They’re cheesy wotsits

Suzanne Moore on the strange mystery of what the word “woman” means:

I guess it would be funny if the consequences of this evasion were not so deadly serious. On Woman’s Hour – on International Women’s Day – the redoubtable Emma Barnett asked Anneliese Dodds a simple question.

You know the one – “wossa woman?”

Dodds prevaricated for what seemed like hours. Stuff like: “Well, I have to say that there are different definitions legally around what a woman actually is. I mean, you look at the definition within the Equality Act, and I think it just says someone who is adult and female, I think, but then doesn’t see how you define either of those things.”

How about defining them the usual way, and defining women that way too? Wouldn’t that solve the problem in a stroke? Granted, “adult” really is more social than physical, and varies according to purpose and circumstances, but “female” is just as precise as “male,” and you don’t see people drawing back in horror and confusion when asked what a man is.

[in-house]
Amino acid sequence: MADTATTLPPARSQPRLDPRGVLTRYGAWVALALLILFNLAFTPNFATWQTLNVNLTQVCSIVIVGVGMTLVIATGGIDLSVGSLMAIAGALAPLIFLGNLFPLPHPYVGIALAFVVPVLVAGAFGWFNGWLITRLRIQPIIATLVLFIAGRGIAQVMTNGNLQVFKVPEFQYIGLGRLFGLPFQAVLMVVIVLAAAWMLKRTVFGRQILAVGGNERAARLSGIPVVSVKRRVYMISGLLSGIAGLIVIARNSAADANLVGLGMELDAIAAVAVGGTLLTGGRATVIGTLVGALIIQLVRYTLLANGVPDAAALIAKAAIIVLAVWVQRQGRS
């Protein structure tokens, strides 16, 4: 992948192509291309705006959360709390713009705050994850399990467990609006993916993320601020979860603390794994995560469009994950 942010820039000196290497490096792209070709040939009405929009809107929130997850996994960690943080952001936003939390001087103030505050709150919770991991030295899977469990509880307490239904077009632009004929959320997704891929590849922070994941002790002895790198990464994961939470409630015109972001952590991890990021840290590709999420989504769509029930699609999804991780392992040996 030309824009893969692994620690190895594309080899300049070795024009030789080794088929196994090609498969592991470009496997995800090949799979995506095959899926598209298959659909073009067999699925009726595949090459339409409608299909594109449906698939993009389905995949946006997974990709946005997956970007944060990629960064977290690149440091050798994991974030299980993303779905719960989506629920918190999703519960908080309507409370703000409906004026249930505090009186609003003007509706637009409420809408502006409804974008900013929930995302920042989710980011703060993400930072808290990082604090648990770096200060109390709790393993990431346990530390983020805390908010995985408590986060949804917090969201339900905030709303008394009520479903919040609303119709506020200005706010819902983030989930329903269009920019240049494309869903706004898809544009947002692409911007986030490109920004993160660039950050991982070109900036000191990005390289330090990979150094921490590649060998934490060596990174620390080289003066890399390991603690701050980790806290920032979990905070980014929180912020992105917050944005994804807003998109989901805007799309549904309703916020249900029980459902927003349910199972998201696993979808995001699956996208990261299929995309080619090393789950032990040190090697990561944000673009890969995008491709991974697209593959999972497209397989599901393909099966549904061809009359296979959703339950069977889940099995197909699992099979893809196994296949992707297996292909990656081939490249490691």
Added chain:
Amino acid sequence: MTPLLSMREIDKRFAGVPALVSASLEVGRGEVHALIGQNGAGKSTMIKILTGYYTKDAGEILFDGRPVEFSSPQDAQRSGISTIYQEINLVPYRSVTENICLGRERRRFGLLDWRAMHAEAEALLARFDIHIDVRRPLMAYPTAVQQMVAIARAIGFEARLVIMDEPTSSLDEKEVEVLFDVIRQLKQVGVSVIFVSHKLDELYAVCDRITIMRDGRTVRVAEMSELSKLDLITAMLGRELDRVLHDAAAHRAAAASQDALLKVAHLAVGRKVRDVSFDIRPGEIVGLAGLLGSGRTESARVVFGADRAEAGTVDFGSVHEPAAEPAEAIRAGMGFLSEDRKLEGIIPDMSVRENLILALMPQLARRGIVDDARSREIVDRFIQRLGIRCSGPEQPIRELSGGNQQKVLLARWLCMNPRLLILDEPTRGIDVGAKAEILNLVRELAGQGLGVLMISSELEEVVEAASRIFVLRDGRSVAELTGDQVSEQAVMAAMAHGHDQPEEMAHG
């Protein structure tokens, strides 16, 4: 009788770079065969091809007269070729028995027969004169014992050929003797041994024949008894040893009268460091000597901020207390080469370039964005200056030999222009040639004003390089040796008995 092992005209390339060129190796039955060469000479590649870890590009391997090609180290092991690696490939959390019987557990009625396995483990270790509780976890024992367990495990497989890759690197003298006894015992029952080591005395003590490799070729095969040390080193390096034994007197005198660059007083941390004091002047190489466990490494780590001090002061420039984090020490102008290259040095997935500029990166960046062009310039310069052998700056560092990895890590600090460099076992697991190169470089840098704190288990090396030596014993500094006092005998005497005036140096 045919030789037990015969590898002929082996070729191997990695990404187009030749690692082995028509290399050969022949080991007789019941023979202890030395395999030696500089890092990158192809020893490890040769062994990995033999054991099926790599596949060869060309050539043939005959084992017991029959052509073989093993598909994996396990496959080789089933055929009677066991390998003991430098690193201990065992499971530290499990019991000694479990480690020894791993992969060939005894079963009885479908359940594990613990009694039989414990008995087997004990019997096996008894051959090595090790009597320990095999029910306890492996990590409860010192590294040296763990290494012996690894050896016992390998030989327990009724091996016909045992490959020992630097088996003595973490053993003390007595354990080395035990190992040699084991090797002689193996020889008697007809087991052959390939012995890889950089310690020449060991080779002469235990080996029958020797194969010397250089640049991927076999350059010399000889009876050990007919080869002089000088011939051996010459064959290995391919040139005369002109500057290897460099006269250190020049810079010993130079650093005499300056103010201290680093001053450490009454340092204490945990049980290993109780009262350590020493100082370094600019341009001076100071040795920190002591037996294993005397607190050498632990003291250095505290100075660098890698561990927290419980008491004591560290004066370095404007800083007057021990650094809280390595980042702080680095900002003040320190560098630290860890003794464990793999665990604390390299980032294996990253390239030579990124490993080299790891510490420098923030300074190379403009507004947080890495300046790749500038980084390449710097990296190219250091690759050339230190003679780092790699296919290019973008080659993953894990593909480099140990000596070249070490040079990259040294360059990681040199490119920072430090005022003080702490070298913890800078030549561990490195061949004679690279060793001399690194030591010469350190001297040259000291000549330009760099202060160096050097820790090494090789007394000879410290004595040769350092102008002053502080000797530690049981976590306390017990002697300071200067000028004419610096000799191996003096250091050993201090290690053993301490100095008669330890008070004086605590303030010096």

Barnett tried again. “What’s the Labour definition?” Dodds answered “Oh, I think, with respect, Emma, I think it does depend what the context is, surely. I mean, surely that is important here?” 

And yet, does the definition of “man” depend on what the context is? If “man” doesn’t then why does “woman”? Maybe the definition of woman is “blob that doesn’t even have a word to describe itself.”

Trans activism and lobby groups like Stonewall and Mermaids have been phenomenally successful in persuading corporations, institutions and political parties to adopt a language in which the word “woman” is verboten as it may “trigger” someone who feels themself to be a woman, even though they have male anatomy.

But not the word “man.” There is nothing like the same level of taboo and coercion around the word “man” as there is around “woman.” It’s almost as if the whole thing is just another way to keep women down.

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